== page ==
Twelve lives intersect with the help of God. Rated PG
A self-aggrandizing sermon that preaches only to the faithful.
Brian Bosworth, Lee Majors, Cybill Shepherd
Twelve lives intersect in "Do You Believe?," a Christian drama intended solely for the faithful. Directed by Jonathan M. Gunn from a script by the producers, Chuck Konzelman and Cary Solomon (both of "God's Not Dead"), the film is filled with familiar story lines -- troubled teens, traumatized vets, petty hoodlums and other lost sheep -- but there is one narrative that has potential for real drama and perhaps even controversy.
It develops when an EMT, Bobby (Liam Matthews), tends to a man half-crushed in a worksite accident. Bobby checks the man's religious affiliation -- "I don't know," he answers -- then presses a wooden crucifix into his hand and encourages him to accept Jesus as his savior (he does, before dying). Not surprisingly, this lands Bobby in hot water, and soon he feels pressured to apologize for his faith.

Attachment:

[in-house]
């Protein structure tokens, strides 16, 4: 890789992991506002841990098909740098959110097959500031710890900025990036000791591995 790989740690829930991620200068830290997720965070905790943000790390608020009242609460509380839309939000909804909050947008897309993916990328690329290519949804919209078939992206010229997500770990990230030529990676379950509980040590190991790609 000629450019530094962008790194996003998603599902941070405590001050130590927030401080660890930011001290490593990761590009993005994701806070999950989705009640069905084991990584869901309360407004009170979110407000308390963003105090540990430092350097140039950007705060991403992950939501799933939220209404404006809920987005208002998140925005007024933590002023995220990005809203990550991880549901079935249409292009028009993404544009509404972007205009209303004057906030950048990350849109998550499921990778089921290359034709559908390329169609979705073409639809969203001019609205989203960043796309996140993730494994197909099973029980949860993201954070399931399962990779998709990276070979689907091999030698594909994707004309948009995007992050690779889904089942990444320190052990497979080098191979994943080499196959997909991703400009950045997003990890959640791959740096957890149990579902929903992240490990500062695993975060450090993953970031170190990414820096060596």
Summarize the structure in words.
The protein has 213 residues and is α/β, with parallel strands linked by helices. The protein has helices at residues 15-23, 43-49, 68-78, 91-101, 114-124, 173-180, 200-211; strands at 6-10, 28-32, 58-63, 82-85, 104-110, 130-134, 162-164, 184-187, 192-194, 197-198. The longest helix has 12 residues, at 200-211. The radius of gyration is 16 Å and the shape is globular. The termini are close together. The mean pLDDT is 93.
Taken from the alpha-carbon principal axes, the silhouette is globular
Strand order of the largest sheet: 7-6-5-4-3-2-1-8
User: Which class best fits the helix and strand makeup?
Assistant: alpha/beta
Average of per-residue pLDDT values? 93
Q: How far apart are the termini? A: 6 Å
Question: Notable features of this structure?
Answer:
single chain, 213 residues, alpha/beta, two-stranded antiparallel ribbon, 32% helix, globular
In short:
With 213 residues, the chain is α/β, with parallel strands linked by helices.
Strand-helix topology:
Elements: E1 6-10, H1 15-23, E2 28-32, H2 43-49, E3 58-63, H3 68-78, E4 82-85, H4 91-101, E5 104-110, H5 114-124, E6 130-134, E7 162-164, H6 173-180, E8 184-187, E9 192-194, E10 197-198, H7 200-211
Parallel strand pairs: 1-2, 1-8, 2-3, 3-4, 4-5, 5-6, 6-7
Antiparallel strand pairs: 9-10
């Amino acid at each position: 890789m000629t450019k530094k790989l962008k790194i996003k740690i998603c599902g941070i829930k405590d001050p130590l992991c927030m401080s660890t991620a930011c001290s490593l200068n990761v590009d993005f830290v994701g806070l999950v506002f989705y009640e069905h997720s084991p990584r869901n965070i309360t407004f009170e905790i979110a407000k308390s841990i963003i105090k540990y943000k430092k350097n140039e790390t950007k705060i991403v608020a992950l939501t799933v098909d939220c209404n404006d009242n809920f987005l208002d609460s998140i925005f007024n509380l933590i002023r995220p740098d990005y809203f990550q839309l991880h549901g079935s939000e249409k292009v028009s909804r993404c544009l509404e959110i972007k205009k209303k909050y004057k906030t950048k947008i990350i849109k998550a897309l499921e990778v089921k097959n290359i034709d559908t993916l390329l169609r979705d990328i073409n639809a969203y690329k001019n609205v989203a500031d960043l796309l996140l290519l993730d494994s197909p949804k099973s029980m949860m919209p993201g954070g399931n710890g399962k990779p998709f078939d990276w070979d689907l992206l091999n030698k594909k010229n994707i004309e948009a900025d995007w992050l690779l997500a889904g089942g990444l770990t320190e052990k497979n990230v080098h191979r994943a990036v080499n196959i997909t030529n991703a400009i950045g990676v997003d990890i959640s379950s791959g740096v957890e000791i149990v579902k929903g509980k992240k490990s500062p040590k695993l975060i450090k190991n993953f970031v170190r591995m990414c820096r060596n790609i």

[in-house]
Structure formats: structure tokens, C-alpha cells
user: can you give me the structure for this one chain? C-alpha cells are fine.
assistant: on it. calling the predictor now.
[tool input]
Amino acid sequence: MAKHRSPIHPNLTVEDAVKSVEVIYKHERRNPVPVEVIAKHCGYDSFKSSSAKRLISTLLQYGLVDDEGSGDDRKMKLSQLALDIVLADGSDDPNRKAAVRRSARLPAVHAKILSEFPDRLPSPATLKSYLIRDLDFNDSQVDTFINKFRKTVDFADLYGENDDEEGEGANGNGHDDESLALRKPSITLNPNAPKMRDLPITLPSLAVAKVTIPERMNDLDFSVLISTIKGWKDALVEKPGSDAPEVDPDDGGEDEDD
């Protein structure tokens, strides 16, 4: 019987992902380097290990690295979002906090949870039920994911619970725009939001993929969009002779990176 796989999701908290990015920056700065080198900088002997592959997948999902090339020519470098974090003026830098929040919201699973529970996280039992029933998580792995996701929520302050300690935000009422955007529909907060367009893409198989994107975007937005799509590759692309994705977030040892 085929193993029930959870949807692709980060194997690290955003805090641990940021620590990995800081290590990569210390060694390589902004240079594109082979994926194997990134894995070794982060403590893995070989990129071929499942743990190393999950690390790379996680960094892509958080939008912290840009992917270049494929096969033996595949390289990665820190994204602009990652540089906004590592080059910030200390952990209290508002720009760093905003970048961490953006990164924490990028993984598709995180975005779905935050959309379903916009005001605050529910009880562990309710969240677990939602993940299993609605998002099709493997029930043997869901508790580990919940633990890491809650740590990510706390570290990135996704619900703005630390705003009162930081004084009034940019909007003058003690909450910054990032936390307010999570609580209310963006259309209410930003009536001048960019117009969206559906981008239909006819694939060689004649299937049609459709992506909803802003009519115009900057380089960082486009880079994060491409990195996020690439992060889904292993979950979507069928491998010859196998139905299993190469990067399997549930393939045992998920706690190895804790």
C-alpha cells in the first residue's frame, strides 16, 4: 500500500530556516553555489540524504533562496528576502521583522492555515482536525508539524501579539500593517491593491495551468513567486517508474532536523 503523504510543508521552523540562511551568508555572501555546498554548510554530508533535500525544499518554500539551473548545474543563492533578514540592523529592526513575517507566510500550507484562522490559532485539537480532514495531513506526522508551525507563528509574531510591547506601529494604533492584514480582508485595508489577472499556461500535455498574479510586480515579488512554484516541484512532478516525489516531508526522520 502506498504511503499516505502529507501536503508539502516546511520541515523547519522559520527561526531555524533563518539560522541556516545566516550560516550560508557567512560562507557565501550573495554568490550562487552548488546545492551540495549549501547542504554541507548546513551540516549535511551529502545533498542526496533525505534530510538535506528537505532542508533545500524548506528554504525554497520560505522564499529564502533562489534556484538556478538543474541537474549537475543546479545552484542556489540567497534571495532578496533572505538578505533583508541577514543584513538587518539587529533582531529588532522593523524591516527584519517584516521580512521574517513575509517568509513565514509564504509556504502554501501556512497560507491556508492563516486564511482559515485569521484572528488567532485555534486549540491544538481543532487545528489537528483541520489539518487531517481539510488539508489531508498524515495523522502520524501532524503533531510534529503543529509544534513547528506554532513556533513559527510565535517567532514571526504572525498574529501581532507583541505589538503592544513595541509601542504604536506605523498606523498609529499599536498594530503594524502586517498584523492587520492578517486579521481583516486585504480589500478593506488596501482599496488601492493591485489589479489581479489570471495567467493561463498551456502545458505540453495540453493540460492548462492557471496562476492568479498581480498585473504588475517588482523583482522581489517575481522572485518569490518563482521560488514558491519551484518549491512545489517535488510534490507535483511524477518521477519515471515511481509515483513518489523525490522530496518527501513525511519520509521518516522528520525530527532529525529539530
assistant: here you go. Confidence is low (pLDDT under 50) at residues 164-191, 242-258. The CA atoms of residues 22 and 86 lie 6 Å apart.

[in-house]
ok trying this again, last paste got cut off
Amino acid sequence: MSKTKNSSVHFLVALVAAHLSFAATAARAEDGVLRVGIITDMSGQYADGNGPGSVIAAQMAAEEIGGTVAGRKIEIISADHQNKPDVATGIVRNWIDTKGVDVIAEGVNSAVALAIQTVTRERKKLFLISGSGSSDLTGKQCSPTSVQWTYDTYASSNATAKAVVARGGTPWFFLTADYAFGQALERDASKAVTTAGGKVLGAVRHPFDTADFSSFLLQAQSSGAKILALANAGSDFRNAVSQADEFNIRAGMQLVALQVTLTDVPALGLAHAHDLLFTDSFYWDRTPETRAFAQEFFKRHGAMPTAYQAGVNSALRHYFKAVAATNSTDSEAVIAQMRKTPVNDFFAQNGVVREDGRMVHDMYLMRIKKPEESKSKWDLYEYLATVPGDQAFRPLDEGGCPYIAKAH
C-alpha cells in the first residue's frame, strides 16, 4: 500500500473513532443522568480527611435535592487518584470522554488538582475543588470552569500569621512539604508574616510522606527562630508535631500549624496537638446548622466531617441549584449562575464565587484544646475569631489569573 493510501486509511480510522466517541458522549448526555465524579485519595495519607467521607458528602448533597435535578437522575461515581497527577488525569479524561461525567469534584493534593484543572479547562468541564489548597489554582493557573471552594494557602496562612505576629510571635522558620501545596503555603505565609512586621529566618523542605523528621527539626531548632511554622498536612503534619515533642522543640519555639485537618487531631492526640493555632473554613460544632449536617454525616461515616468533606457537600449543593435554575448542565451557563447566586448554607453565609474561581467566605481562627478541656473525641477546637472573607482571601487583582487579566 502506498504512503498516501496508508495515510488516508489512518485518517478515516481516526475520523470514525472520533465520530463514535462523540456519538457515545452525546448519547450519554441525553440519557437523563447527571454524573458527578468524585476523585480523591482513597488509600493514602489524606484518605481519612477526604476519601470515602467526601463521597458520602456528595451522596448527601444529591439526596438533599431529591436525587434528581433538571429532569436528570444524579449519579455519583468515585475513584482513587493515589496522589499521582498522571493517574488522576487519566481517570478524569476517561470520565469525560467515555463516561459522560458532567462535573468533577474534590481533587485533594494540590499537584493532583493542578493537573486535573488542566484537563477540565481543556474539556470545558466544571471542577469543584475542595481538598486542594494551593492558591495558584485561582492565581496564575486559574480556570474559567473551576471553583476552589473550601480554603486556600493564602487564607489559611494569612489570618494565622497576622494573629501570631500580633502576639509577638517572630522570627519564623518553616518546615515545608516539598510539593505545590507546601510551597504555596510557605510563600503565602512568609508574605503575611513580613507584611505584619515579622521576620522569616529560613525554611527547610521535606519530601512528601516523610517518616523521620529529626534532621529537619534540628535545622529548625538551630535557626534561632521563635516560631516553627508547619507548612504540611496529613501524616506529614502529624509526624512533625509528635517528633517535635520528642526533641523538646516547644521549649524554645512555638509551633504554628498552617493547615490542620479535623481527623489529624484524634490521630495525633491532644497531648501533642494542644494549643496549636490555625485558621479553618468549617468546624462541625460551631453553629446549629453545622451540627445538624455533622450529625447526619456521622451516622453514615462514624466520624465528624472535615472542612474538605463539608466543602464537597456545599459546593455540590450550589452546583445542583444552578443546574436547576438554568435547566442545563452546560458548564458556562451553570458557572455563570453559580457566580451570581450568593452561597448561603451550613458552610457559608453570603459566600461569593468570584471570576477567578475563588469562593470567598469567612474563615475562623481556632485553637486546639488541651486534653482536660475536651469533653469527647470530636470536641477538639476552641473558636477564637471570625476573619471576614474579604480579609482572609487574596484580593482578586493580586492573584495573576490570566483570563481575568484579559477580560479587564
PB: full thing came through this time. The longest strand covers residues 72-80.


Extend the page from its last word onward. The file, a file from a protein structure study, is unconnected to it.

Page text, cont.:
It's a dilemma meaty enough to sustain an entire film -- but not this one, which isn't interested in digging deeply into issues. Instead, Bobby becomes the victim of rampant secularism. A nasty lawyer (Andrea Logan White), who proudly admits she's only going after him for the money, waves that wooden crucifix and snarls, "This cross is going to cost you."
The film's us-versus-them message is delivered via cardboard characters and overly sentimental narratives. The heroes are a terminally ill do-gooder (Brian Bosworth) and two preachers (an underwhelming Ted McGinley and a brief but lively Delroy Lindo), while the villains are an atheist doctor (Sean Astin) and Bobby's not-devout-enough wife, Elena (Valerie Dominguez). Cybill Shepherd and Lee Majors (yes, of "Six Million Dollar Man" fame) retain their dignity as an older couple who take in a single mother (Mira Sorvino) and her adorable daughter (Makenzie Moss).
"Do You Believe?" looks reasonably polished -- a scene involving several car crashes unfolds fairly skillfully -- but that won't be enough to entertain a wider audience. The movie is primarily interested in asking a question that it has already answered.